The Outpost Tavern was an icon of 1970s and 1980s NASA.  It was an Astronaut hangout; a place where the ordinary engineers who worked at the Johnson Space Center in Houston, TX could rub elbows with the elite of the elite - the ones who enabled the Space Age by actually going into space.  Those extraordinary men (so few women) went to space riding the contrails of the mighty Space Shuttle (recently fallen out of favor, sometimes) into the vast unknown void of ... Earth orbit. The GPS satellites that allow Google to tell us so much about ourselves and our destinies are at a higher orbit than most of the Shuttle missions reached.  We omit that part from the epic stories we leave behind, because it fails to do justice to the heroism of our sainted ... pilots.

I work at NASA.  I've wanted to work at NASA since I was in elementary school.  It wasn't because I wanted to be an astronaut - I did, of course, and I still do, but there was something different - I wanted to be an Engineer at NASA.  It was a weird quirk for a weird kid, I guess.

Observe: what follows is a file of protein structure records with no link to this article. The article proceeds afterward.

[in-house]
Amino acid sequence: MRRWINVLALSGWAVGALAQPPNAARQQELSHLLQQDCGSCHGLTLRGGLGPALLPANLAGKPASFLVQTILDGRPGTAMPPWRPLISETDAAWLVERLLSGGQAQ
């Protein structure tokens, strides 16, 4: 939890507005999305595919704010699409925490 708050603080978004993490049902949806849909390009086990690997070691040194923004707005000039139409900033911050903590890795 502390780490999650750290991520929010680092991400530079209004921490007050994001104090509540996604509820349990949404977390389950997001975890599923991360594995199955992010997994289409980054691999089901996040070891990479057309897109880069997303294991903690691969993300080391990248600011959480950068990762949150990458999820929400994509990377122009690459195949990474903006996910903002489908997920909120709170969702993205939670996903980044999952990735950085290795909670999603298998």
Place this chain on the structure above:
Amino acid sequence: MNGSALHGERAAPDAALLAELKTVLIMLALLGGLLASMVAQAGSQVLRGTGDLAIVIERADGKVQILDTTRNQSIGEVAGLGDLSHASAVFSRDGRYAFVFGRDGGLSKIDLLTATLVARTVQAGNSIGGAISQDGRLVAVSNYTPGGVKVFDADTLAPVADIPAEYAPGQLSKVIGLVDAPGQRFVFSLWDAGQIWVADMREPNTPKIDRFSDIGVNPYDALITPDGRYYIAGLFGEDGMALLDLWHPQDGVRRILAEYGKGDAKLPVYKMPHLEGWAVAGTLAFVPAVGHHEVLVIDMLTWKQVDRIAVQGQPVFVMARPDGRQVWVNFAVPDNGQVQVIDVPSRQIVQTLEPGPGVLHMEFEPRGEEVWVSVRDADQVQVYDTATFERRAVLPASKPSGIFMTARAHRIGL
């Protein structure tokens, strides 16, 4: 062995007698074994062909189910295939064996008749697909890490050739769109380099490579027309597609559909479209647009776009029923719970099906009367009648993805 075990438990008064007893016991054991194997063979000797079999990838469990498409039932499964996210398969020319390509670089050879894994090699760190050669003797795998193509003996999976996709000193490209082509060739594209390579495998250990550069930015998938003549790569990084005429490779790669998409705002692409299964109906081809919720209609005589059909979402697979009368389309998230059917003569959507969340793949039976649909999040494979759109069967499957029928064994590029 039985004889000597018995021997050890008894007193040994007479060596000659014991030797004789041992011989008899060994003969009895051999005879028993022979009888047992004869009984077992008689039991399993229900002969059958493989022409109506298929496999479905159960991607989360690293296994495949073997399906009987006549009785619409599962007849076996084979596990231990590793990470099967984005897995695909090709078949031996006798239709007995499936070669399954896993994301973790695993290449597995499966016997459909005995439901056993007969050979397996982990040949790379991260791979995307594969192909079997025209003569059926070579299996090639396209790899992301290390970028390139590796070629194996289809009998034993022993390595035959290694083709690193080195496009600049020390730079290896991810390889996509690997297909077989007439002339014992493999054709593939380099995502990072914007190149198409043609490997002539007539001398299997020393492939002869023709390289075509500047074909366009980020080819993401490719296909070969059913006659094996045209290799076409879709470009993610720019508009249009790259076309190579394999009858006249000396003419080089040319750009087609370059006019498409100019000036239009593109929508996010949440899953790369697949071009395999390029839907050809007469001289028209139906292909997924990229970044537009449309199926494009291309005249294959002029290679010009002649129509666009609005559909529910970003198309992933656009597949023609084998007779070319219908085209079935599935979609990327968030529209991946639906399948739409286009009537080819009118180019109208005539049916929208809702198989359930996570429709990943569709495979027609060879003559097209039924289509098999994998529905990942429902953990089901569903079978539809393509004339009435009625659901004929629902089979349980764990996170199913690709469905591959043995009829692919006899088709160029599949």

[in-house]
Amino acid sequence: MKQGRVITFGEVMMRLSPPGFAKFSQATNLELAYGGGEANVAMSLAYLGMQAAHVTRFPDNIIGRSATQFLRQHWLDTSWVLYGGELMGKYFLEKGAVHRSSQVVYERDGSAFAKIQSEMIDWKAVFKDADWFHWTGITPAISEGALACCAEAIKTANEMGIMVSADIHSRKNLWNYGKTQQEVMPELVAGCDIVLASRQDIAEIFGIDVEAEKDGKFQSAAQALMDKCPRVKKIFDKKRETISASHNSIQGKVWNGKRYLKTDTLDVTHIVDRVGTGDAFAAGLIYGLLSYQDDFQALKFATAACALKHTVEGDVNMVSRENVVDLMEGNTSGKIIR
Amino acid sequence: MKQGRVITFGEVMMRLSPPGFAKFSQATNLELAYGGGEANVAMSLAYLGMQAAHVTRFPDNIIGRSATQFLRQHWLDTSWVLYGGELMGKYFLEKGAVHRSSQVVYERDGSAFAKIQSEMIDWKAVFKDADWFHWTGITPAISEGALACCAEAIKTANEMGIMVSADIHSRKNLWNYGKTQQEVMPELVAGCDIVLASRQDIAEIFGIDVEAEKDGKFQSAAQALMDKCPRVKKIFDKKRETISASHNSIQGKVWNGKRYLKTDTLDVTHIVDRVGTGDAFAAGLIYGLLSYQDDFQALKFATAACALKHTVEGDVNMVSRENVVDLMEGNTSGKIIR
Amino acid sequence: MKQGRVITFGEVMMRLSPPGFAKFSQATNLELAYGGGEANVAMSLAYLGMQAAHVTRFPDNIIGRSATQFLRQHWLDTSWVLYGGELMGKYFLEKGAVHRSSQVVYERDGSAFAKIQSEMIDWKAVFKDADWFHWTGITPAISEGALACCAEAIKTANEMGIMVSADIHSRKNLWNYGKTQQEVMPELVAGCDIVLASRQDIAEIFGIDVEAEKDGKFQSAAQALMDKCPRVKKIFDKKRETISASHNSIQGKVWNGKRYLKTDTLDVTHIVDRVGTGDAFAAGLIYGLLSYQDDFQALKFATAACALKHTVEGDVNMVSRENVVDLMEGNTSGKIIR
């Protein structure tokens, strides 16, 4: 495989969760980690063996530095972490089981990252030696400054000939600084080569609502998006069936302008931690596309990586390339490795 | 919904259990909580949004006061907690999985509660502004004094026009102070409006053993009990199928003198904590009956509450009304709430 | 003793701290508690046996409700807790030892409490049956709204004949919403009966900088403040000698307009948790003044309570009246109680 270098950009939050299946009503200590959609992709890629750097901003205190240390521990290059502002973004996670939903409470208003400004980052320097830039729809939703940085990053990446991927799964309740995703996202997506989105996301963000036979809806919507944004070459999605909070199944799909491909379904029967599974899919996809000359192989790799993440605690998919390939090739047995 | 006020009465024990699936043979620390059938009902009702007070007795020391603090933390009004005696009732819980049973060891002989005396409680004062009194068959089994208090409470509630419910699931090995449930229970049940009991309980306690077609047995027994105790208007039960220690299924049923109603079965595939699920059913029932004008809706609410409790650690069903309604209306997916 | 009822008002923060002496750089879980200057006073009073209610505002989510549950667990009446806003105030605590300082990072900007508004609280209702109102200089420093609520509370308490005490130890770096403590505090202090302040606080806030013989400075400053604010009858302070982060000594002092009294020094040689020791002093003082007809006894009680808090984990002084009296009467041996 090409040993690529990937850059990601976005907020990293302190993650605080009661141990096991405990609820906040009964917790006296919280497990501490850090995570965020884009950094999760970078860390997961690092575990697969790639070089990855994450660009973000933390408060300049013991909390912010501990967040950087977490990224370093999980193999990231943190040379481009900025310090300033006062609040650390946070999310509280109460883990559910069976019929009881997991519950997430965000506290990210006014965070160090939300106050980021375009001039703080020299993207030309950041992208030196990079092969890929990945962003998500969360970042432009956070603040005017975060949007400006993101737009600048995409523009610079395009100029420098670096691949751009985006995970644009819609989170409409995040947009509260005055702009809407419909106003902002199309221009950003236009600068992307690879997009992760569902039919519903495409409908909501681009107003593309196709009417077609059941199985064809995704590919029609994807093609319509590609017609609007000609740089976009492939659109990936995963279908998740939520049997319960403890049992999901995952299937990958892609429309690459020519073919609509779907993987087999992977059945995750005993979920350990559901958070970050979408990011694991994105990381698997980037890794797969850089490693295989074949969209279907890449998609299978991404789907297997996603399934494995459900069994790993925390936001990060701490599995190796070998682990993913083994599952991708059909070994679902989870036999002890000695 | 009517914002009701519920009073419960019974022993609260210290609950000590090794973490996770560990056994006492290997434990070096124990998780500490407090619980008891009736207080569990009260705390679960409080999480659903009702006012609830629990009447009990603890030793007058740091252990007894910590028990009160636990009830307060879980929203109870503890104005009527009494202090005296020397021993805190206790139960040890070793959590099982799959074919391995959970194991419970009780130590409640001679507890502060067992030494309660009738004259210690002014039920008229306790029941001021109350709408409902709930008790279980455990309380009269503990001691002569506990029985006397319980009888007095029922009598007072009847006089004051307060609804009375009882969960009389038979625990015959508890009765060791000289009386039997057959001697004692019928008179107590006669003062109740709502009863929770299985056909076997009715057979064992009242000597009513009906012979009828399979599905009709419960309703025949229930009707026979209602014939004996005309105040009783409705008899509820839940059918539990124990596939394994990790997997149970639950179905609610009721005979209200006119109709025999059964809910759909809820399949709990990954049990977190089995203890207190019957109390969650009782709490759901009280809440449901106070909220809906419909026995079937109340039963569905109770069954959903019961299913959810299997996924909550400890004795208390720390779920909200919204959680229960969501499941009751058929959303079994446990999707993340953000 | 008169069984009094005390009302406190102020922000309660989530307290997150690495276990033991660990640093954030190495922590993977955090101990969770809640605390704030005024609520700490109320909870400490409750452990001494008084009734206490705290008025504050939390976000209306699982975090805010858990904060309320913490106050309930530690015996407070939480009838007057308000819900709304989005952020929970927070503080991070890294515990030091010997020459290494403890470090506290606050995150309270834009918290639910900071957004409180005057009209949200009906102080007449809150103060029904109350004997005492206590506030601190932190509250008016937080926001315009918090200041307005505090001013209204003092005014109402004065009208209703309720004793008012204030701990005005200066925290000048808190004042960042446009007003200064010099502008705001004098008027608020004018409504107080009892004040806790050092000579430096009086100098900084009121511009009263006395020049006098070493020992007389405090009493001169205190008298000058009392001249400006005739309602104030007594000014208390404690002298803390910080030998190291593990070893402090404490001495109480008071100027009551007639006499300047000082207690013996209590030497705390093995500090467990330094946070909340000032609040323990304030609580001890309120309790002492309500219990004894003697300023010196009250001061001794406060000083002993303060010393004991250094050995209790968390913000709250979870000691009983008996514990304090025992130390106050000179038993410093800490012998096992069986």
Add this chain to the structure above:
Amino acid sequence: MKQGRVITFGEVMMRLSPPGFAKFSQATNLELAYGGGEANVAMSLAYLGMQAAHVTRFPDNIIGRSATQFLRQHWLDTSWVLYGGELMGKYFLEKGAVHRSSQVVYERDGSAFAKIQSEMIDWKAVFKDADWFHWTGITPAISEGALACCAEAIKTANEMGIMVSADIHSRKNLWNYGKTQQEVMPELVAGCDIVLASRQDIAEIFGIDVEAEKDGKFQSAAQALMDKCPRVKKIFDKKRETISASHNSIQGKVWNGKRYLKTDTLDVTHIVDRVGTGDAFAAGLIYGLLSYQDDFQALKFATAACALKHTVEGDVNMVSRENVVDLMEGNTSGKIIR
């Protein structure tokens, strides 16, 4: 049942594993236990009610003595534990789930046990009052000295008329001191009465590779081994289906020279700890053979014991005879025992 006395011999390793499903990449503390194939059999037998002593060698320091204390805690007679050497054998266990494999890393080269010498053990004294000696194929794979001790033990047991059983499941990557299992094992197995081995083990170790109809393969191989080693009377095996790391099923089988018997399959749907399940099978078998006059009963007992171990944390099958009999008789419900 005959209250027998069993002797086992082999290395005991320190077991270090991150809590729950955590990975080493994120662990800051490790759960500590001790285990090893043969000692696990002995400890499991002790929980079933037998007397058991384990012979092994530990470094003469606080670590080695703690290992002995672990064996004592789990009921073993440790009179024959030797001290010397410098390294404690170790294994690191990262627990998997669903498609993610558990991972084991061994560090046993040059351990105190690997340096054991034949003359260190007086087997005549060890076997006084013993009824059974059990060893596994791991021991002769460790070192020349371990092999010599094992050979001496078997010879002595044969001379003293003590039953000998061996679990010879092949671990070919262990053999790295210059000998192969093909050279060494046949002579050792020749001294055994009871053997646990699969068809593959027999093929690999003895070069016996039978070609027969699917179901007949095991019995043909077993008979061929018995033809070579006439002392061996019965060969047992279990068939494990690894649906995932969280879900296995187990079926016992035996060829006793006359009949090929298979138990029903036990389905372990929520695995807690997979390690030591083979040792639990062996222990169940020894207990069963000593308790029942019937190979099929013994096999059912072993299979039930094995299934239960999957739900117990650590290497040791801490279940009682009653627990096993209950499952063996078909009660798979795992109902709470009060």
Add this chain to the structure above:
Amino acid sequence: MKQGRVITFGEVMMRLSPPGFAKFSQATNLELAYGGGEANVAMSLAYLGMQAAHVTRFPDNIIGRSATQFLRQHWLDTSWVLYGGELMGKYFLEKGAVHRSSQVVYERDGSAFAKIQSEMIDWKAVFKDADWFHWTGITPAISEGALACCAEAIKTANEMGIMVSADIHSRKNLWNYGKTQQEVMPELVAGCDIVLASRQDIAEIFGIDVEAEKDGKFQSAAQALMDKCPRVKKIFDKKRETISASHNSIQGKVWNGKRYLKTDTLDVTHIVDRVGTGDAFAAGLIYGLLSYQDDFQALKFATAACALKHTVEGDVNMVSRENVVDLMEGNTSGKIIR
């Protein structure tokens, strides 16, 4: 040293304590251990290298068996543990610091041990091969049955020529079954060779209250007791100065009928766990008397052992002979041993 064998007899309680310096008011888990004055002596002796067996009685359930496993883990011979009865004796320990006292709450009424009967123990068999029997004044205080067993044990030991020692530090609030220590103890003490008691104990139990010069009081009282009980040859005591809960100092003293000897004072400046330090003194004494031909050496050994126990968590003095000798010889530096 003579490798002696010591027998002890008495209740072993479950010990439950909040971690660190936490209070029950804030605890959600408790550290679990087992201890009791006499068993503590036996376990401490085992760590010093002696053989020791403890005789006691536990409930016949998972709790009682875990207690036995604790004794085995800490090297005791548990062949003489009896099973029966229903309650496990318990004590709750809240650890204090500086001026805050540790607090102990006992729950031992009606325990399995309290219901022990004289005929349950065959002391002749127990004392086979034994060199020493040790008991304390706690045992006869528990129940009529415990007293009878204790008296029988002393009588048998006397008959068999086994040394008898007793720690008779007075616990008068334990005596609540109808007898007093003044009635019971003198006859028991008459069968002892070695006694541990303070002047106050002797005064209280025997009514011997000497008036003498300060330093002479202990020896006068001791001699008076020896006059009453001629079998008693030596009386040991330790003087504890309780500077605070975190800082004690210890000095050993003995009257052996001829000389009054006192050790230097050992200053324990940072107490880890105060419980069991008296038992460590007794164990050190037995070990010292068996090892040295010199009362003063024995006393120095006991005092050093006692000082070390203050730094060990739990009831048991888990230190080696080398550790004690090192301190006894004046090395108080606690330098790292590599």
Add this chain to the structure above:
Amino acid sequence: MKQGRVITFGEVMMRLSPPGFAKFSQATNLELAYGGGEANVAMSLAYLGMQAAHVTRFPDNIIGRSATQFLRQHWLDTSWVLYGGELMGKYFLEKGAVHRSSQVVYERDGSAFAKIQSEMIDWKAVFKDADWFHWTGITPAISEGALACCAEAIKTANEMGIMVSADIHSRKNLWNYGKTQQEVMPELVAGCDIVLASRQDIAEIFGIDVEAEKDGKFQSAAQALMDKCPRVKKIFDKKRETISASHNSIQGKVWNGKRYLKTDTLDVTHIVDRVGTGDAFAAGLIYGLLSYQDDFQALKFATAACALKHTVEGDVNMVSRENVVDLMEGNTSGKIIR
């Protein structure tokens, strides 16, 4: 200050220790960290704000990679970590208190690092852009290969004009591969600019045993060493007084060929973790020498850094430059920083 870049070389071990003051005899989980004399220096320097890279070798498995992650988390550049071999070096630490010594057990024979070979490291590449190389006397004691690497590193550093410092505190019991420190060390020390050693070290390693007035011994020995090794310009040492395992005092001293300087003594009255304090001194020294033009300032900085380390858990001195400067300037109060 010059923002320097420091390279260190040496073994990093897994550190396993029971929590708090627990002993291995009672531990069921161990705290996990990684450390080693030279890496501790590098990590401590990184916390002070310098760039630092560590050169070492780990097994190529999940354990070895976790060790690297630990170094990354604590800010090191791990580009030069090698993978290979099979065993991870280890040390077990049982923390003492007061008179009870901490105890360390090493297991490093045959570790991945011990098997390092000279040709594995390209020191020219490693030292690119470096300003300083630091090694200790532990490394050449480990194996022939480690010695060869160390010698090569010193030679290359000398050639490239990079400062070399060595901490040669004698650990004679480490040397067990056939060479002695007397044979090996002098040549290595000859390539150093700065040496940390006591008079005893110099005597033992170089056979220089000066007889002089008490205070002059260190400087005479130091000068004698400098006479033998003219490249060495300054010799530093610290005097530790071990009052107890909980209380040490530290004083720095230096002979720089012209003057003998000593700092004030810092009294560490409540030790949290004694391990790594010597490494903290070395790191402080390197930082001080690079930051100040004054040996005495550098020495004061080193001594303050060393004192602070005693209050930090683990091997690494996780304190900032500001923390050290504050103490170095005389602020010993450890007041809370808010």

Yet here I am.  After a quick period of disillusionment I've become some sort of cognitive module here, a real-life Sam Beckett: bouncing from project to project, hoping that the next one will be an inspired, useful bit of engineering that helps humanity both in space and on Earth.

That moment hasn't come yet, and I don't think it will until people let the past die the dignified death that it deserves.  Yes, we did amazing things in the past.  Yes, we went to the moon, and our ancestors deserve our respect and admiration for it.

Now it's 40 years later.  Our cell phones have more computing power than the Apollo moon landers, yet the Space Shuttle's proposed successor has barely more computing power than the one on the desk in front of me.  Why?  Not because it's hard to put electronics into space, or because spacecraft design somehow excludes modern technology - it's because small-minded people won't let science fiction become reality.

Those are the people who I think will most lament the passing of The Outpost.  Those are the people who bow to the supposed wisdom of yesterday's paper heroes - Shuttle astronauts who can't bear to just be scientists or engineers because scientists and engineers aren't viewed as heroes.